Women’s shoes include brands like Jimmy Choo, 3.1 Phillip Lim, Proenza Schouler, Birkenstock and Golden Goose, while handbags include Mansur Gavriel, Marc Jacobs and See by Chloé. In addition to sneakers, there’s activewear from Adidas by Stella McCartney, Alo Yoga, Koral, Y-3 and Nike. Cosmetic, skin care and fragrance offerings will include La Mer, Dior, Dr. Barbara Sturm, Sunday Riley, Byredo, Diptyque, Creed and Maison Francis Kurkdjian.
“The dynamic of our brand is one where we are attracting an affluent consumer, but the content of the store is going to be both accessible as well as aspirational,” Spring said.
Among the Bloomie’s services, there’s a returns dropbox; buy online and pick-up in-store; curbside pickup; a desk for personalization, customization and alterations; a Bloomie’s van for deliveries, and stylists who make house calls. Also, the stylists are technology-empowered so they can communicate better with shoppers and access inventory from Bloomingdale’s stores if customers don’t find what they want at Bloomie’s.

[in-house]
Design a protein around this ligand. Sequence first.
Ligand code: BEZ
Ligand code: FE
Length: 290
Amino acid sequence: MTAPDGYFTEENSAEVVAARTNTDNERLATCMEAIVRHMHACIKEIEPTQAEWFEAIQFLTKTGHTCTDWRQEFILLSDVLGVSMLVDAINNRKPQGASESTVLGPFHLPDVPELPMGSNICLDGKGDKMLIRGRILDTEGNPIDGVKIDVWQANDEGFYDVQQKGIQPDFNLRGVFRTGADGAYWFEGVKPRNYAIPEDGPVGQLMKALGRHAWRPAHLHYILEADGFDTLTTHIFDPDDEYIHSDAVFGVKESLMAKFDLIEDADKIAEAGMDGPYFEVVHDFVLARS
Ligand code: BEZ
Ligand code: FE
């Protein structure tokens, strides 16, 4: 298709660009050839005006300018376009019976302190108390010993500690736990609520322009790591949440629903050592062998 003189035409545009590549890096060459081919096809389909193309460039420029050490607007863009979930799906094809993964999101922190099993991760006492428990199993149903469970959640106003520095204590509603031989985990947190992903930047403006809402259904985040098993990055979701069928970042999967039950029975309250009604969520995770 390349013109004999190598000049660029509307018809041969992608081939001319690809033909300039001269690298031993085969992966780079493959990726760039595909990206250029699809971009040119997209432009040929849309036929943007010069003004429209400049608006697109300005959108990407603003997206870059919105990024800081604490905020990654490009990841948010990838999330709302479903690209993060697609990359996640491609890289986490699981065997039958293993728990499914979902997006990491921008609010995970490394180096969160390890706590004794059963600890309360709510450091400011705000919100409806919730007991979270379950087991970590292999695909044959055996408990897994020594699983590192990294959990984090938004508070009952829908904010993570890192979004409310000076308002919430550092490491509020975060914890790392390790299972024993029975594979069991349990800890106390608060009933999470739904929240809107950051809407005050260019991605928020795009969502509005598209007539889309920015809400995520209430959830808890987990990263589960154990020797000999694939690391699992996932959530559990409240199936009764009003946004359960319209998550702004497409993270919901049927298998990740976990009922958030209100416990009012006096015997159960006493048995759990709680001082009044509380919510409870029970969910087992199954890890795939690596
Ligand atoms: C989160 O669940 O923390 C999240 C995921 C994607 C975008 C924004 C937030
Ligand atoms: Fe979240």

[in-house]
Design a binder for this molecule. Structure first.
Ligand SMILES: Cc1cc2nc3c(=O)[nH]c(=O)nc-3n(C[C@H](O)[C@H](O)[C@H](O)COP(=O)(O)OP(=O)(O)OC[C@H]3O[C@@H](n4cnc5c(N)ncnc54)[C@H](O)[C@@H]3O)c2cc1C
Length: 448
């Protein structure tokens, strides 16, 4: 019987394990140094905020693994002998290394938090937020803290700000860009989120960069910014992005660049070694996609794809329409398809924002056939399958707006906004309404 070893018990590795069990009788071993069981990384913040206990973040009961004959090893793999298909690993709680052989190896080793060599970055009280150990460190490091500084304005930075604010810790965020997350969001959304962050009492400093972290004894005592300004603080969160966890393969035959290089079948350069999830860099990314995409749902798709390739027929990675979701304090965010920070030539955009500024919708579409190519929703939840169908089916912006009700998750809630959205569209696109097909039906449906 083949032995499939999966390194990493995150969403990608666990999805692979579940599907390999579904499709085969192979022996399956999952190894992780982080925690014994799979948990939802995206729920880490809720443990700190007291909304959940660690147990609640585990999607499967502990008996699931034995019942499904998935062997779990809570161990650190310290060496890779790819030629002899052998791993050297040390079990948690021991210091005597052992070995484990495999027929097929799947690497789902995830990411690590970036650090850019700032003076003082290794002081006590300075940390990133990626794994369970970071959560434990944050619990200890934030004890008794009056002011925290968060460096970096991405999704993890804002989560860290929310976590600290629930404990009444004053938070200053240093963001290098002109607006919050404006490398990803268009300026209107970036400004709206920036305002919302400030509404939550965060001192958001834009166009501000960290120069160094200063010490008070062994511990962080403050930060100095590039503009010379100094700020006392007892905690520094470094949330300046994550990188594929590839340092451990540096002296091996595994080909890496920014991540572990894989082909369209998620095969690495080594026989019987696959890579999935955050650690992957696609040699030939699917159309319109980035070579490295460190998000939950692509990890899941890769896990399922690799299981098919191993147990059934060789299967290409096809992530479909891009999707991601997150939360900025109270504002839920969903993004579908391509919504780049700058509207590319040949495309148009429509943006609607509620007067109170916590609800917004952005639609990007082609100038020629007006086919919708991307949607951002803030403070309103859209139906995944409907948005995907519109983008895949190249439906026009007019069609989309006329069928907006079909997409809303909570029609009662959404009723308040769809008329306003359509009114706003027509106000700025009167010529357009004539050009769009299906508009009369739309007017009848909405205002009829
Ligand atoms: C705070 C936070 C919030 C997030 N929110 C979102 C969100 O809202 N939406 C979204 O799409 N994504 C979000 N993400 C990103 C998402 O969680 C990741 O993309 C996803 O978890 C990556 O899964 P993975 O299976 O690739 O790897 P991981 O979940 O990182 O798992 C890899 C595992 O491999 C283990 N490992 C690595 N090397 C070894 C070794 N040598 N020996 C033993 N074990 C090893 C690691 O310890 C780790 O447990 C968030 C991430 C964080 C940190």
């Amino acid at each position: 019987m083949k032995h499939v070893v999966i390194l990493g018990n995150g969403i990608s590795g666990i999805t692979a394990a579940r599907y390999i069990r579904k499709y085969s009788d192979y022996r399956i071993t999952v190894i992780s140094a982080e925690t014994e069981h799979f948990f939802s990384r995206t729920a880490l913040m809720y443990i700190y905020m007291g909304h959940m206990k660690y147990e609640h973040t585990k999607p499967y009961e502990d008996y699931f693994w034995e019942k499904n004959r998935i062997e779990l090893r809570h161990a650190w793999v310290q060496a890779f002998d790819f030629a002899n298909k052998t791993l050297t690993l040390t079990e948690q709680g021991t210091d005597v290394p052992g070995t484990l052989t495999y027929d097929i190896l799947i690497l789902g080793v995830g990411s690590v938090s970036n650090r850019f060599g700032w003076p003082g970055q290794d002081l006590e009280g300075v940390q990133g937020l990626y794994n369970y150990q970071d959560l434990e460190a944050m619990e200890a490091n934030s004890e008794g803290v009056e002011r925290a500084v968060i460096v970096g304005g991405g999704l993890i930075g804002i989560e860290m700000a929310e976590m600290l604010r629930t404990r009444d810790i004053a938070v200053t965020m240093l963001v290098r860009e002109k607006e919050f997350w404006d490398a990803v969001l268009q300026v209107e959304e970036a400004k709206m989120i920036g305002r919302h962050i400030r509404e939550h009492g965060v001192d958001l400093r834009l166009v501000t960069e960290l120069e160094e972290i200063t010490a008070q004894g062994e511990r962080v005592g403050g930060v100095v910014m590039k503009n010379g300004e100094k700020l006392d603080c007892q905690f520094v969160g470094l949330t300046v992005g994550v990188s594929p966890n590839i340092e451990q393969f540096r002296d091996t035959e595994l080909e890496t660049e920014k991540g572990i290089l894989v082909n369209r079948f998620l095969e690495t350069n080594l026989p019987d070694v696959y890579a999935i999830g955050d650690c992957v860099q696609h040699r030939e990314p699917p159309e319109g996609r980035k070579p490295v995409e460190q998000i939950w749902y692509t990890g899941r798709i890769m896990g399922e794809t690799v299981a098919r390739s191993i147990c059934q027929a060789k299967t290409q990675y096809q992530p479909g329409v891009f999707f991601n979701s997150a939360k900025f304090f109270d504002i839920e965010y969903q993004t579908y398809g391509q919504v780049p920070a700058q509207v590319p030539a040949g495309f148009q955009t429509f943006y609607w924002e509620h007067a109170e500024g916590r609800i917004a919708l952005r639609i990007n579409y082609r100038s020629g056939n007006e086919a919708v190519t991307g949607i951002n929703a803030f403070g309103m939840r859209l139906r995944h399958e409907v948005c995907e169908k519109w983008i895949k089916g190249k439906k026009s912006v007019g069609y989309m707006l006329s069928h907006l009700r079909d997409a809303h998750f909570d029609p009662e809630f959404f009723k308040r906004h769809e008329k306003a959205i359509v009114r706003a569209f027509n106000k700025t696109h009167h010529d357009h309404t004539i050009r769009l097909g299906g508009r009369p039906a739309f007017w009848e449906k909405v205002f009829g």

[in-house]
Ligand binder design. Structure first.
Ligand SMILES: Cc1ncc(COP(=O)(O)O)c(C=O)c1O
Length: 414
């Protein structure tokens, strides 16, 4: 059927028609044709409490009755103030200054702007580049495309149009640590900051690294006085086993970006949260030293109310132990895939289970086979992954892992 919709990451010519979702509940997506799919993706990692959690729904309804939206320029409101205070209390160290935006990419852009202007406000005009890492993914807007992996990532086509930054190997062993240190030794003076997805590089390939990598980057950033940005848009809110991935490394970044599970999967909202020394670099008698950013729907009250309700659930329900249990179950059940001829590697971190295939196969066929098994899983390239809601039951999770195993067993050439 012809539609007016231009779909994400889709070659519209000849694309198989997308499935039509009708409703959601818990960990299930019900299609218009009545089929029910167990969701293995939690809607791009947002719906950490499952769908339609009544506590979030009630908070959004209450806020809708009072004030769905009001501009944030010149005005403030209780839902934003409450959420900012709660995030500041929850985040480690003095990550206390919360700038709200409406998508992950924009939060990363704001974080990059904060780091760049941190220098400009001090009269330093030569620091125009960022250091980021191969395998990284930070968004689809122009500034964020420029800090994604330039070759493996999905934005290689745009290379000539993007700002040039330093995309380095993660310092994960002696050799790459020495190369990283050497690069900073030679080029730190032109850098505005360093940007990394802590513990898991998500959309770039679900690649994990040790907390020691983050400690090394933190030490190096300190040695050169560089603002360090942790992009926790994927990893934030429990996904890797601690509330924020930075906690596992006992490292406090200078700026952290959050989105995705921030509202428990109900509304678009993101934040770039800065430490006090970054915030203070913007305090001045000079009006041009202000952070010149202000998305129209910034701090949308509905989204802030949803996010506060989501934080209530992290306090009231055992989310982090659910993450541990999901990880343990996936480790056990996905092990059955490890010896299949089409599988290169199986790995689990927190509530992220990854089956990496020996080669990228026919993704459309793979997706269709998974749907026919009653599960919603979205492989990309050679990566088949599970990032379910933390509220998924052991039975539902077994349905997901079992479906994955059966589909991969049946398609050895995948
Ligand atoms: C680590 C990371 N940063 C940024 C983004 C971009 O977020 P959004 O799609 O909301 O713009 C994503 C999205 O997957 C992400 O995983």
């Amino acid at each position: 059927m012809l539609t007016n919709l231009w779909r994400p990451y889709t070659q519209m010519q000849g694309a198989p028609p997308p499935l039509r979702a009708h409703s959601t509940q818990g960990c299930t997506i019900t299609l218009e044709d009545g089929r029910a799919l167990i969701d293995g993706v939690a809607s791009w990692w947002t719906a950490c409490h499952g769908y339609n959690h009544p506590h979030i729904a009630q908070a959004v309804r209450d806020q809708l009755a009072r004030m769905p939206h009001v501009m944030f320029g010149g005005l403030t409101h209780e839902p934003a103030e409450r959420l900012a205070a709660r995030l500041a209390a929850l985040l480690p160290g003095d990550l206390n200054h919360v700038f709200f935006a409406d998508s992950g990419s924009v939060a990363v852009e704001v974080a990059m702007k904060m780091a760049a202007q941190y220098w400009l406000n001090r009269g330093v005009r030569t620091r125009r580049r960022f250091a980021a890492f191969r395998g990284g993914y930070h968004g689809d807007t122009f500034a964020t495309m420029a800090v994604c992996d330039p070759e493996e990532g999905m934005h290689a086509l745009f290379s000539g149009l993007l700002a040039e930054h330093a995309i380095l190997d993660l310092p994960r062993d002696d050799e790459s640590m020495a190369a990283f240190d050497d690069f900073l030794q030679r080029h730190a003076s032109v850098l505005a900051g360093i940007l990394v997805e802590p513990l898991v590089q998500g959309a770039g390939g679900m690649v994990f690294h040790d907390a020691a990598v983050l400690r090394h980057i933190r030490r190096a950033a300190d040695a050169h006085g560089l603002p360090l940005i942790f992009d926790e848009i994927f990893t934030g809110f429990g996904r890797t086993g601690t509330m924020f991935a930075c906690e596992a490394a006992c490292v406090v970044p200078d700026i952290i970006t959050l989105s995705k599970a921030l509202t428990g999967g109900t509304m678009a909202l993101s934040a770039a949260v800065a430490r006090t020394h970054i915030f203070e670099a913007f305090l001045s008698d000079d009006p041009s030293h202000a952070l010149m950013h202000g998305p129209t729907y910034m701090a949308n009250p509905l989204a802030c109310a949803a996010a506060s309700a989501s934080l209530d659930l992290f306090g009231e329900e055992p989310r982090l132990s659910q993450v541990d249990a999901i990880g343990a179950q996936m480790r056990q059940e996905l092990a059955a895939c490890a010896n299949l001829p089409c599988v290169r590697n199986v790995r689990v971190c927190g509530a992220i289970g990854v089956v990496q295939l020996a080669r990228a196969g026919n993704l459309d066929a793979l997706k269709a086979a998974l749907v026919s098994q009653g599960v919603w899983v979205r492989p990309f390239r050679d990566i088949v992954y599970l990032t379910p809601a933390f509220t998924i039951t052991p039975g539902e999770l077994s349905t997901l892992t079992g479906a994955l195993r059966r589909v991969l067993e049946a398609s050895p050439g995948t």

Asked if people want a smaller box to shop in, Spring replied, “I think they want a curated assortment. From Bloomingdale’s, they’re looking for a point of view and a sense of style and through the assortment and the stylists we want to make sure we are providing an experience that feels like it’s worth the visit. That it’s not a chore. It’s a hobby. It’s an extension of your lifestyle.”